Central Bank Digital Money Won’t Replicate Cash,  Sweden’s Riksbank Says

It would be misguided to expect cash-like features of a central bank digital currency, according to one of the monetary authorities furthest ahead in exploring such a system.

Sweden’s Riksbank, which has done more research than most in exploring the feasibility of a digital currency, says users won’t be able to act anonymously in the same way they can with bank notes, according to a report published on Tuesday.

The finding touches on a key paradox. In order for a central bank digital currency to be cash-like, it would need to be both anonymous and usable off-line. But the technical construction of digital currencies requires that they be verified by a remote ledger, in order to avoid counterfeiting, compromising anonymity.

It would be wrong to assume that an e-krona will “function off-line and anonymously,” the Riksbank said.

The world’s oldest central is conducting a pilot study into the feasibility of a digital currency and is currently ahead of most of its peers across the globe in putting together a road map. Such a regime may have far-reaching consequences, and potentially even give central bankers access to a bigger toolbox with direct access to the money supply.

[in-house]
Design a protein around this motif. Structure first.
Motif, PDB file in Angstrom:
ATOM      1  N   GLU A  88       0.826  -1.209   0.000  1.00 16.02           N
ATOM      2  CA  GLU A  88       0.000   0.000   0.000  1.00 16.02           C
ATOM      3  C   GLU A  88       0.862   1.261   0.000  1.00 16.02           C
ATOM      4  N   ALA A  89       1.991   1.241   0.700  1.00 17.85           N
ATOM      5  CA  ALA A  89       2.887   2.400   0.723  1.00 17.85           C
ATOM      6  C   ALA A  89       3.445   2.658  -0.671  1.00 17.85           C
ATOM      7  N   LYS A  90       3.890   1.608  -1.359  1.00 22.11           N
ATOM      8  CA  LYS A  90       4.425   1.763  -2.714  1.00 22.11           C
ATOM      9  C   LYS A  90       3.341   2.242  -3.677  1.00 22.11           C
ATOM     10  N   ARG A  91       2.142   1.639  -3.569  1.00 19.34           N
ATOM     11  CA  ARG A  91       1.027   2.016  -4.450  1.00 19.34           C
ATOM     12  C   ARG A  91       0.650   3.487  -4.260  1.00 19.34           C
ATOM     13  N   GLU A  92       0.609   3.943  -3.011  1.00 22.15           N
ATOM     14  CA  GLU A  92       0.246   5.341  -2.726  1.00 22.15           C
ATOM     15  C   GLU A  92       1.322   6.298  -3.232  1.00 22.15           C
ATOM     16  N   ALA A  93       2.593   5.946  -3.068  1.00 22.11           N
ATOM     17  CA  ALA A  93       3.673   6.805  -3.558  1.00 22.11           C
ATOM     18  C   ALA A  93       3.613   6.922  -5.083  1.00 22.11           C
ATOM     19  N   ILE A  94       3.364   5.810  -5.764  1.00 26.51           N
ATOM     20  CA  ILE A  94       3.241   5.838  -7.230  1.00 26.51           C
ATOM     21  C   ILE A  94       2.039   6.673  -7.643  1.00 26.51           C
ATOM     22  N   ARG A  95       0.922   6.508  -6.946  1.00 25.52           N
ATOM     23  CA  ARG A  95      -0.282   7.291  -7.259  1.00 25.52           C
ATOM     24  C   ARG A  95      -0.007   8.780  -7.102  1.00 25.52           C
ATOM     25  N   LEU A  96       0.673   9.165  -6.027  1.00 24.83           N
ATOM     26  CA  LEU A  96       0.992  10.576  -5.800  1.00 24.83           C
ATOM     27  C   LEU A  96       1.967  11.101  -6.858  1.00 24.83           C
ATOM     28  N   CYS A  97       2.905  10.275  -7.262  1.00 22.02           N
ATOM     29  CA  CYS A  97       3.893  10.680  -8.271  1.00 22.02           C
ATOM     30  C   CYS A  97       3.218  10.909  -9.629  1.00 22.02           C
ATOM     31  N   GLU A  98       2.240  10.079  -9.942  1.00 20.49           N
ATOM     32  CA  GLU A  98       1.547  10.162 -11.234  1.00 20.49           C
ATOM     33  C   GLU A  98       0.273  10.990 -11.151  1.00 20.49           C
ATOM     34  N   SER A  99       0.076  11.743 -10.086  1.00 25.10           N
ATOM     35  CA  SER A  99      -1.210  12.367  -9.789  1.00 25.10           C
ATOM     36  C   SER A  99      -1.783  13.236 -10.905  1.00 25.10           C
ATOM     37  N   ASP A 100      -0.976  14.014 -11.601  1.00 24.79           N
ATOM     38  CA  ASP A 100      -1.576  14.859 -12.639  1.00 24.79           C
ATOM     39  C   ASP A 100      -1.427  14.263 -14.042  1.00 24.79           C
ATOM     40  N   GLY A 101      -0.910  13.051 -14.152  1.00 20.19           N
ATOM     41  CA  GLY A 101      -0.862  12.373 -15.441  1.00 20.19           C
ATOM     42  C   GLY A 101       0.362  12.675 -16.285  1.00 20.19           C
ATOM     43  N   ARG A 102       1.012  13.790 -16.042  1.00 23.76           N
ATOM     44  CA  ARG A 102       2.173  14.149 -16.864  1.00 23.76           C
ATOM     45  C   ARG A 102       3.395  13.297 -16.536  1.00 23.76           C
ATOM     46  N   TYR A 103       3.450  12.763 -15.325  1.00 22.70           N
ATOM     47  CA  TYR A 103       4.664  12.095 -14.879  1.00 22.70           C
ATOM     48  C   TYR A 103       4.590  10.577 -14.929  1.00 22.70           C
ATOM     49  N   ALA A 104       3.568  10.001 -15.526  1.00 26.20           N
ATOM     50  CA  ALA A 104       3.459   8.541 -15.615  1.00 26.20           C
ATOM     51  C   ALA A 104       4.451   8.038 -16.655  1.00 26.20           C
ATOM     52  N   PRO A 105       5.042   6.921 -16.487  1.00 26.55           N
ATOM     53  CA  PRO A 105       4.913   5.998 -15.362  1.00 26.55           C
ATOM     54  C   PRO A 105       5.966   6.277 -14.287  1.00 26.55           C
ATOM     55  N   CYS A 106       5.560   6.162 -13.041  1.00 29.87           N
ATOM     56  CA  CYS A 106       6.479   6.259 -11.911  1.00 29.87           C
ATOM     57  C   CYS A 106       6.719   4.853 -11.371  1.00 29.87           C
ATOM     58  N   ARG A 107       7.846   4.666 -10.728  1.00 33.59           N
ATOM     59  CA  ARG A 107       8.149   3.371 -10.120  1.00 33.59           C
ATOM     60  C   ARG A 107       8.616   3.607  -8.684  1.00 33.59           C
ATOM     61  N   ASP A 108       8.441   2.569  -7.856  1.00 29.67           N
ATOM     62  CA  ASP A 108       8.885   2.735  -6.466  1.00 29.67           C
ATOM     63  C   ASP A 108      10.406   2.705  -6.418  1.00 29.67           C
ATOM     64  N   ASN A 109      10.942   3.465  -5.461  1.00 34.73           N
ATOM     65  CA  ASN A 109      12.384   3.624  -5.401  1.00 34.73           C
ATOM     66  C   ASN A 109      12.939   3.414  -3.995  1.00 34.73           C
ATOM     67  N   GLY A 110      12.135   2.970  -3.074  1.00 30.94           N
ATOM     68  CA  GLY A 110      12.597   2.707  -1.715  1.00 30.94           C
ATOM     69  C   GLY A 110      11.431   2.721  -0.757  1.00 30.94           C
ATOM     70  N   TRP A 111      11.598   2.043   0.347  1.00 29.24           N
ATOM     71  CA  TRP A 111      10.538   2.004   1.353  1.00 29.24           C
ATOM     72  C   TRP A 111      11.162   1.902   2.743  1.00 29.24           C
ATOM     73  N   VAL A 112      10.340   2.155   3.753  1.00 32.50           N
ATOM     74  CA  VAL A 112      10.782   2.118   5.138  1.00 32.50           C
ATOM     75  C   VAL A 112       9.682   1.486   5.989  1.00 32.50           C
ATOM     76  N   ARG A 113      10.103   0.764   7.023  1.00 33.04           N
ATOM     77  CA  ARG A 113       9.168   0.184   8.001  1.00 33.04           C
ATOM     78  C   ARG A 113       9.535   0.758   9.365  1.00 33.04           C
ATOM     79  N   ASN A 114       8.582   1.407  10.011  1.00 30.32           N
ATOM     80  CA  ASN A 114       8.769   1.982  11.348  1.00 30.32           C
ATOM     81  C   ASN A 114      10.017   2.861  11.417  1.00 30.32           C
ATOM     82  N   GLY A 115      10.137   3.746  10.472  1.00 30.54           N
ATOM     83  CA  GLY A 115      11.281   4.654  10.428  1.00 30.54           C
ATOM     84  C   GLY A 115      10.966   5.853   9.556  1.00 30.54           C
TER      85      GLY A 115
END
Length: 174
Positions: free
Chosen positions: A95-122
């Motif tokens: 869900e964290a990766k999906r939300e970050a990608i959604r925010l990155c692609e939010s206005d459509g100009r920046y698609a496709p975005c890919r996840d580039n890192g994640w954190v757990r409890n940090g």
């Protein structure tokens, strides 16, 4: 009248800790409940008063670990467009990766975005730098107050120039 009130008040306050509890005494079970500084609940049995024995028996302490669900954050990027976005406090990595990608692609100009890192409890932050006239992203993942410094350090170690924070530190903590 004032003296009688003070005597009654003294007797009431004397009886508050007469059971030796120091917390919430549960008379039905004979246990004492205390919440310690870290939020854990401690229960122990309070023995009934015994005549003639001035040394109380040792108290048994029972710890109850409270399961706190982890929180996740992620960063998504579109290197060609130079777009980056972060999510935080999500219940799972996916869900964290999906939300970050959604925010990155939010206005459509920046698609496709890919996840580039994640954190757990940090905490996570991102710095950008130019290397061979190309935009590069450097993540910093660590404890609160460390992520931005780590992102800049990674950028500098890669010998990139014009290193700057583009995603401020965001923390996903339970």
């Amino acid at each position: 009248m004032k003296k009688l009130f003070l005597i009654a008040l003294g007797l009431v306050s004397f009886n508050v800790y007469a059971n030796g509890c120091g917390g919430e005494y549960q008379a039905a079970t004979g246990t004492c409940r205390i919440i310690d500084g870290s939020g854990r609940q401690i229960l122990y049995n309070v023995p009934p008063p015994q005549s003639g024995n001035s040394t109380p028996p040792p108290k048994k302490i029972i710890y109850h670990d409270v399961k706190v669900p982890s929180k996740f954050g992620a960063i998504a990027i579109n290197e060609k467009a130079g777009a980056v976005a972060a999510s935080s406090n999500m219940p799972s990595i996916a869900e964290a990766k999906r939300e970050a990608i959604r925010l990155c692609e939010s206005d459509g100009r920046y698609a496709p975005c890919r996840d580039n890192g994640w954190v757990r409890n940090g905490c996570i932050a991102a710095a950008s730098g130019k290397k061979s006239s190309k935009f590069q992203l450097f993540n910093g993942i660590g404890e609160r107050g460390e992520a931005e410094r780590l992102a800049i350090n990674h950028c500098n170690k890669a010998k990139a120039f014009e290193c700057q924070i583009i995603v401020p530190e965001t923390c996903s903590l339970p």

All central bank digital currencies will need a ledger that keeps track of ownership, regardless of whether such currencies are token-based, distributor-ledger technology-based or blockchain-based, according to the report, which was jointly authored by the payments department and research division of the Riksbank.

Most central banks (58%) exploring a digital currency appear to be opting for a token-based model, according to the Riksbank, which cited a 2020 survey by centralbanking.com. Its research so far suggests that token-based digital currencies appear to be “no better in achieving cash-like properties” than those based on accounts.

In a report last year, Riksbank said tokens are “bearer instruments and represent in themselves ownership of a monetary value,” while an account-based digital currency can be compared to deposits as it shows ownership of a monetary balance in some form of financial intermediary or the central bank itself.

©2021 Bloomberg L.P.

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